Dental and Medical Problems

Dent Med Probl
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Dental and Medical Problems

2021, vol. 58, nr 4, October-December, p. 539–544

doi: 10.17219/dmp/137758

Publication type: review

Language: English

License: Creative Commons Attribution 3.0 Unported (CC BY 3.0)

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Lewandowska M, Partyka M, Romanowska P, Saczuk K, Lukomska-Szymanska MM. Impact of the COVID-19 pandemic on the dental service: A narrative review. Dent Med Probl. 2021;58(4):539–544. doi:10.17219/dmp/137758

Impact of the COVID-19 pandemic on the dental service: A narrative review

Michalina Lewandowska1,B,D, Mirella Partyka1,B,D, Paulina Romanowska1,B,D, Klara Saczuk2,D,E, Monika Magdalena Lukomska-Szymanska2,E,F

1 4th grade student, Faculty of Dentistry, Medical University of Lodz, Poland

2 Department of General Dentistry, Medical University of Lodz, Poland

Abstract

This article describes what changes have had to be made to the functioning of dental practices due to the COVID-19 pandemic and how the pandemic has affected dental staff. Dentists are at high risk of infection and this is associated with fear, including the fear of being infected by their co-workers and patients, or that they will infect their families. The introduced changes include increased protective measures, and the introduction of additional questionnaires and procedures. In dental practices, the use of personal protective equipment (PPE) has been increased and changes have been introduced in the functioning of surgeries in accordance with the recommendations of dental associations and governments. The aforementioned changes have significantly reduced the comfort of dental work, increased the costs of treatment and reduced the availability of dental treatment. A novel solution to this situation has been the implementation of teledentistry, which helps to reduce the number of non-emergency visits. This process involves the remote facilitation of dental treatment by means of technology (i.e., phone or the Internet) without direct contact with the patient. Due to the restrictions implemented during the pandemic, many universities have introduced remote or hybrid teaching for both didactic and practical classes.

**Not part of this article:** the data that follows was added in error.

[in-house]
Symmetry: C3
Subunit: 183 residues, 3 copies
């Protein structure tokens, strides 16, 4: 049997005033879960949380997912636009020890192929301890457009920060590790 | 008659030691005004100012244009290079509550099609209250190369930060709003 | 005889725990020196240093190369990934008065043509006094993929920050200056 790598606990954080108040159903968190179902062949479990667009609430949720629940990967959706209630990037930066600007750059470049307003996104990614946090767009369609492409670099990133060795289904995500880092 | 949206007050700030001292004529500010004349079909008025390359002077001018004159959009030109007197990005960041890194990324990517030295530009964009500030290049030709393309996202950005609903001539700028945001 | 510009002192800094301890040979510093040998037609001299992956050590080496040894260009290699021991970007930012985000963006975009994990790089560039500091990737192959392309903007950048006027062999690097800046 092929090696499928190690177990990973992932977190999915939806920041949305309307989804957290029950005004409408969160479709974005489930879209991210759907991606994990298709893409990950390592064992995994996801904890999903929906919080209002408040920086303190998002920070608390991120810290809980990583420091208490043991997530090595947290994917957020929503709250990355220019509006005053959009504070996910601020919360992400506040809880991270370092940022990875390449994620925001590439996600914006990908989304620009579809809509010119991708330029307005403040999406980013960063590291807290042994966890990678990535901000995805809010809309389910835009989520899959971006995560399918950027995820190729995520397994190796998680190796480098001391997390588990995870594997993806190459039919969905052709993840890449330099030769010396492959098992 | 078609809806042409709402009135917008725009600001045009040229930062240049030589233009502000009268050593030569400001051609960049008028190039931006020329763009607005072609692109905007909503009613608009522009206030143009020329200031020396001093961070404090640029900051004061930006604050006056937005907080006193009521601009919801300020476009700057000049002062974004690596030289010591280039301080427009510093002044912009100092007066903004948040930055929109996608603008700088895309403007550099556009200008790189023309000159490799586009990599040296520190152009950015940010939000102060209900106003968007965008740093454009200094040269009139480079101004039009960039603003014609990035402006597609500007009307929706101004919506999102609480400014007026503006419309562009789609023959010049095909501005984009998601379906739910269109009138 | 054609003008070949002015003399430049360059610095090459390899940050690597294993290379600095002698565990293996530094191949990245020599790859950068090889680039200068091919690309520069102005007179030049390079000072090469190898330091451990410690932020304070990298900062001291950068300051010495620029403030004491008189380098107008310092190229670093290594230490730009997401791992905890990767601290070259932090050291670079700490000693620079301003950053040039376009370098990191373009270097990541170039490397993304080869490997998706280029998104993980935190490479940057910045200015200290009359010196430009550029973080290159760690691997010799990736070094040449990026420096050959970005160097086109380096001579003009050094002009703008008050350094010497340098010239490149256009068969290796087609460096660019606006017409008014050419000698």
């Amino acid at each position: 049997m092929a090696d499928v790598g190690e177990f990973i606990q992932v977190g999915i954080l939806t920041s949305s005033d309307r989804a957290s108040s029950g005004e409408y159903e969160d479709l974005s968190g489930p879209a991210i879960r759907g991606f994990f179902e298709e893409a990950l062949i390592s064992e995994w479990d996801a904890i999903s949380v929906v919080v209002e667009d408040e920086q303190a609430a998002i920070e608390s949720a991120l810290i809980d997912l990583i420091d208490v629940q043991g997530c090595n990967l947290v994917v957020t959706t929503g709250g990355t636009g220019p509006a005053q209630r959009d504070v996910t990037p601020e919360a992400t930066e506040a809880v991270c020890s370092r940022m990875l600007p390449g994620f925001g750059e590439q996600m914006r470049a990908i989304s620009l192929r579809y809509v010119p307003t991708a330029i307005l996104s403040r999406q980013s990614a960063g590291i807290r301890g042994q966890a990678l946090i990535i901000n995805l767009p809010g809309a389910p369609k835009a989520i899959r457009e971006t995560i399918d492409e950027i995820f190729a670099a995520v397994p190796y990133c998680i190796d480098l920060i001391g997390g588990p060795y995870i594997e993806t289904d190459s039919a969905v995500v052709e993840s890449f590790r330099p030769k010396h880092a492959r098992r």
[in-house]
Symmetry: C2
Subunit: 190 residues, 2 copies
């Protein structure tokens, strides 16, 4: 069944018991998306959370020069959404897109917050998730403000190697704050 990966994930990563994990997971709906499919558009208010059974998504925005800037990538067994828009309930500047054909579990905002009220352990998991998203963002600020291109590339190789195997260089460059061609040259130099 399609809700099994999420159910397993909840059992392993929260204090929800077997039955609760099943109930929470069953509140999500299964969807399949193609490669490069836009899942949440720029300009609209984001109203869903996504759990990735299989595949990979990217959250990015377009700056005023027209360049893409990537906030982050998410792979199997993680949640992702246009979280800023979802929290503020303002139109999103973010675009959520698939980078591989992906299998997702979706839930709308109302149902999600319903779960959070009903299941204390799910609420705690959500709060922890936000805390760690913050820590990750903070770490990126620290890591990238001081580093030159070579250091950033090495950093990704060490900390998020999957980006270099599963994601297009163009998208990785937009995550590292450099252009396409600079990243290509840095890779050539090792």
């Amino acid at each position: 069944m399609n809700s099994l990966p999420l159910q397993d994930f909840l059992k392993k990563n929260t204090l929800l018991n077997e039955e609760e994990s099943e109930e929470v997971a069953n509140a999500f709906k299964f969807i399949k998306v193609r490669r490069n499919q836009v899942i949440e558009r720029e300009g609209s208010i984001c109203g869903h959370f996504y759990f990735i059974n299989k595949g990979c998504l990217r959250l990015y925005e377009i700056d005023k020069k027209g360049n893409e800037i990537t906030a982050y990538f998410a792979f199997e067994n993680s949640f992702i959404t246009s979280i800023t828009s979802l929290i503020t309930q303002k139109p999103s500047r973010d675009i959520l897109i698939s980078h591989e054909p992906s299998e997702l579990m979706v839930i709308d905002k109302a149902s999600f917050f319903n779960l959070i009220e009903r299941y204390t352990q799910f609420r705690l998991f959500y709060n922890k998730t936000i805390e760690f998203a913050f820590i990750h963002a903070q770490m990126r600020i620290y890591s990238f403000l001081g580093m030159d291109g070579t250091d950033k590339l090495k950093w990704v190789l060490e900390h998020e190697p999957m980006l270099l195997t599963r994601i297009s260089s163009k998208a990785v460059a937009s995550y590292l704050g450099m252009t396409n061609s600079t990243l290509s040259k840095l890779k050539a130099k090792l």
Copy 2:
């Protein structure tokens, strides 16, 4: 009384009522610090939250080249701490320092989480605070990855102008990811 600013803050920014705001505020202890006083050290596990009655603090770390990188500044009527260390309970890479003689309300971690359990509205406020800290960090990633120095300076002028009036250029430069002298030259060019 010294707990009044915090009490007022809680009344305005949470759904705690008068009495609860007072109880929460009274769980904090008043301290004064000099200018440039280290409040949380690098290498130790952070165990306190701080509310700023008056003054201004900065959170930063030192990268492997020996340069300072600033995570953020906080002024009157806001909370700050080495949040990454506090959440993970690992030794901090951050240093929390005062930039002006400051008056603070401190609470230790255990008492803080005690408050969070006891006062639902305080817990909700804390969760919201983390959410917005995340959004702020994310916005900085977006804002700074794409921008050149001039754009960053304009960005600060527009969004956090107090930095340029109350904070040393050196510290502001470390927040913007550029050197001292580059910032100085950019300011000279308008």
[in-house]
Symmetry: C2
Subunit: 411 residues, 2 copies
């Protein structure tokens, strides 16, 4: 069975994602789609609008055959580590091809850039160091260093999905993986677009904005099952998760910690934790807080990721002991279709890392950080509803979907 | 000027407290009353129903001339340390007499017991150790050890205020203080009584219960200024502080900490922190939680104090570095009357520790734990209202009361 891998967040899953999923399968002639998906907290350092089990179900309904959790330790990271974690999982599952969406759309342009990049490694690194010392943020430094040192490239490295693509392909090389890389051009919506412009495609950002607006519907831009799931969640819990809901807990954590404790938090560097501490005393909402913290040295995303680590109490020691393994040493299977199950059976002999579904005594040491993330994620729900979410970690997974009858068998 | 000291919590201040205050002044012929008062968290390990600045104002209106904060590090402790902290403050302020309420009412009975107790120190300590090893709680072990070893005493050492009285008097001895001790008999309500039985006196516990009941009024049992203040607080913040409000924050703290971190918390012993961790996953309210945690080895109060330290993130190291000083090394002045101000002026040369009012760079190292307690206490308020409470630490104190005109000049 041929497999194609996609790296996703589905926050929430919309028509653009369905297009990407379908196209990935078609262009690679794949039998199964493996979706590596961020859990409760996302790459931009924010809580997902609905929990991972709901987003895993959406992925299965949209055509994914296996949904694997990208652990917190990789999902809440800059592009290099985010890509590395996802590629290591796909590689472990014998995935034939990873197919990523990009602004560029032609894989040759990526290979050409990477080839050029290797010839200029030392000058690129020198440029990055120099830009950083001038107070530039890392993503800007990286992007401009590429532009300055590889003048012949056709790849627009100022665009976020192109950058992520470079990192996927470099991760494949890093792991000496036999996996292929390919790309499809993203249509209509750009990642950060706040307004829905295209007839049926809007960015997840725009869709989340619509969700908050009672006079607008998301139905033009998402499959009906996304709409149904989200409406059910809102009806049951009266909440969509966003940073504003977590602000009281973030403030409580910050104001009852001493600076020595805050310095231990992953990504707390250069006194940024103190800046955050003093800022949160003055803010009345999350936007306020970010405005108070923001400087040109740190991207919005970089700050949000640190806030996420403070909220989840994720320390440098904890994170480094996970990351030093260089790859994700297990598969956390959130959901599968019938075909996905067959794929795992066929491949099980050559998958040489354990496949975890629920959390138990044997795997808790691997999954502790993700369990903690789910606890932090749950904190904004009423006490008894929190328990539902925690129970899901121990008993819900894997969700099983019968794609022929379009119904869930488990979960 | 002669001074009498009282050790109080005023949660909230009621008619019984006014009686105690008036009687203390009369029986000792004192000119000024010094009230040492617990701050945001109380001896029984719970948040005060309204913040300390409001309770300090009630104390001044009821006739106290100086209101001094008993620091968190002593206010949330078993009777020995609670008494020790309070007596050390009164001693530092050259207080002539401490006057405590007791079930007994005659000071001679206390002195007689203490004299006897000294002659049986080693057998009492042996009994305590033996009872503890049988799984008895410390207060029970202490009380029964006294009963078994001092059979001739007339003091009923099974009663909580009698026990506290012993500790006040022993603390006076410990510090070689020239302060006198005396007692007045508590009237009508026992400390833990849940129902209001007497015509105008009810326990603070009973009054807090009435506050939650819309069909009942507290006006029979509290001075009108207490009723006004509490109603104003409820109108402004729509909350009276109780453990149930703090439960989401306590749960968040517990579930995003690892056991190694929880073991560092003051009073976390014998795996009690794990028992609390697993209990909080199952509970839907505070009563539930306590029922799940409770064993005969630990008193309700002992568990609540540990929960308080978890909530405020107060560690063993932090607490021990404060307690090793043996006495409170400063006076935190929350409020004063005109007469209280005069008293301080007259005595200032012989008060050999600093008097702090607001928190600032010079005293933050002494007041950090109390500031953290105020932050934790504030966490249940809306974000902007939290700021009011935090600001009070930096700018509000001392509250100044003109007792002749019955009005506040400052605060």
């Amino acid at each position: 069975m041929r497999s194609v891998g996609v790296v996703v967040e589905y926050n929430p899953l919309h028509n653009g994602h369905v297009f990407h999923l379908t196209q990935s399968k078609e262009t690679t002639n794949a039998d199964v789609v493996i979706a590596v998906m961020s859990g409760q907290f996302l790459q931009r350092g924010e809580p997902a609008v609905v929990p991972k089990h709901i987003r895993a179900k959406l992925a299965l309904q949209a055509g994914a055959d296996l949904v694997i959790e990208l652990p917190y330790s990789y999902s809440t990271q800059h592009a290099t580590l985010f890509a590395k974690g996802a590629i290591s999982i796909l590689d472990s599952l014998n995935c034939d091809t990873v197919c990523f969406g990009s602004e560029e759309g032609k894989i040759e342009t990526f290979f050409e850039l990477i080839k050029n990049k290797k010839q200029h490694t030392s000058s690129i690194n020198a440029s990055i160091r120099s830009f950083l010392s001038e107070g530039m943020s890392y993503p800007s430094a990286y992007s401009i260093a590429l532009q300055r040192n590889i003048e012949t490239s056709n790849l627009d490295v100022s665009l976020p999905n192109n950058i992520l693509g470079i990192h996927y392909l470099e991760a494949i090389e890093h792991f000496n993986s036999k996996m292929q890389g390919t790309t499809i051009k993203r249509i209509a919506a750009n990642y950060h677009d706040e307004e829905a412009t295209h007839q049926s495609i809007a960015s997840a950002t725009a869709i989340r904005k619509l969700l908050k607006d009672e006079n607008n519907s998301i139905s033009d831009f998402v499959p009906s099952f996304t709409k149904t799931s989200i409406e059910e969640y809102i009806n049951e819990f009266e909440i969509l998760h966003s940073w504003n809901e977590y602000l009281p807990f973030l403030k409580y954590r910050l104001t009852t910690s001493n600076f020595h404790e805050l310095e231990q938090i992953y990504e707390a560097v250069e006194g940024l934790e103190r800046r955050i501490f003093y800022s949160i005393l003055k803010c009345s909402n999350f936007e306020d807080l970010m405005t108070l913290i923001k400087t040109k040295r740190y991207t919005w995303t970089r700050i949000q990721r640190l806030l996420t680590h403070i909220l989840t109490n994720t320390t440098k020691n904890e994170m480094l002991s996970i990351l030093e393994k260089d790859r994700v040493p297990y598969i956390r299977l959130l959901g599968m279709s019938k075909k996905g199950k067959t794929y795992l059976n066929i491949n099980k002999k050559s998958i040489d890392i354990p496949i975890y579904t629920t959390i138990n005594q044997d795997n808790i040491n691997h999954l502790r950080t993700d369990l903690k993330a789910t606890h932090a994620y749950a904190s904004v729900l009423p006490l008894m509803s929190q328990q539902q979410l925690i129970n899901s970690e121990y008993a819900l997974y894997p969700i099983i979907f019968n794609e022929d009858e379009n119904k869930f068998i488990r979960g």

Keywords: dentistry, dental practice, dental education, COVID-19, pandemic

Introduction

Severe acute respiratory syndrome coronavirus 2 (SARS-CoV-2) is the 7th virus in the coronavirus family. This virus is very easily transmitted by contact with infected individuals, both symptomatic and asymptomatic.1 Restricting out-of-home movement, social distancing, the cessation of almost all work activities, and wearing protective masks and gloves are intended to minimize the transmission coronavirus disease 2019 (COVID-19).2 The COVID-19 pandemic has had a significant impact on the lives of all human beings.3, 4 Contact with other people has been reduced or eliminated, which has significantly affected mental health along with personal and professional life.5, 6 Medical professions, depending on their specialization (different distances between workers and patients), are exposed to infectious agents to varying degree.7 Dentists are most at risk of COVID-19 infection, even more than nurses and general practitioners.2 This fact results from immediate contact with the oral cavity, where the virus is present. Moreover, water spray, which can reach up to 2–3 m from the patient’s mouth, considerably increases dental personnel’s exposure to the virus.8, 9 This has resulted in many changes in the functioning of dental practices.10, 11

The aim of this article was to describe and discuss changes in the availability and quality of dental services and dental education during the COVID-19 pandemic based on a review of the literature.

Method

The selected articles were obtained by searches, using Google Scholar and PubMed. The selection of scientifically valid sources took place between December 1 and 29, 2020. The following keywords were used: ‘COVID-19’; ‘SARS-CoV2’; ‘pandemic’; ‘coronavirus’; ‘dentistry in the pandemic’; ‘teledentistry’; ‘dental education’; ‘stress’; ‘protective measures in the pandemic’; ‘psychological impact’; and ‘mental health’. Out of 96 retrieved articles, 51 items were selected for this paper. Bibliographic reviews, systematic reviews, meta-analyses, cohort studies, and studies in English, Polish or Croatian were included. The exclusion criteria were as follows: articles not related to the topic; animal studies; full text not available; and articles in other languages. No time limits were applied during the screening phase with regard to the scientific articles.

Psychological consequences of COVID-19

At the onset of the pandemic, there was no knowledge on the transmission of SARS-CoV-2, and therefore no guidelines were introduced. As a result, dentists did not fully know how to proceed, and the first reaction of many of them was to close down their offices at the end of March 2020.12

Doctors’ main concerns were the fear of infecting their family, their own safety and the awareness of the mortality due to COVID-19 infection.13, 14 Healthcare workers were not immune to the psychological consequences of COVID-19.15 They were at higher risk of developing anxiety, depression and high levels of stress during the outbreak of SARS-CoV-2.15, 16 The reasons for this included excessive workload, inadequate personal protective equipment (PPE) and the feeling of being inadequately supported.15, 17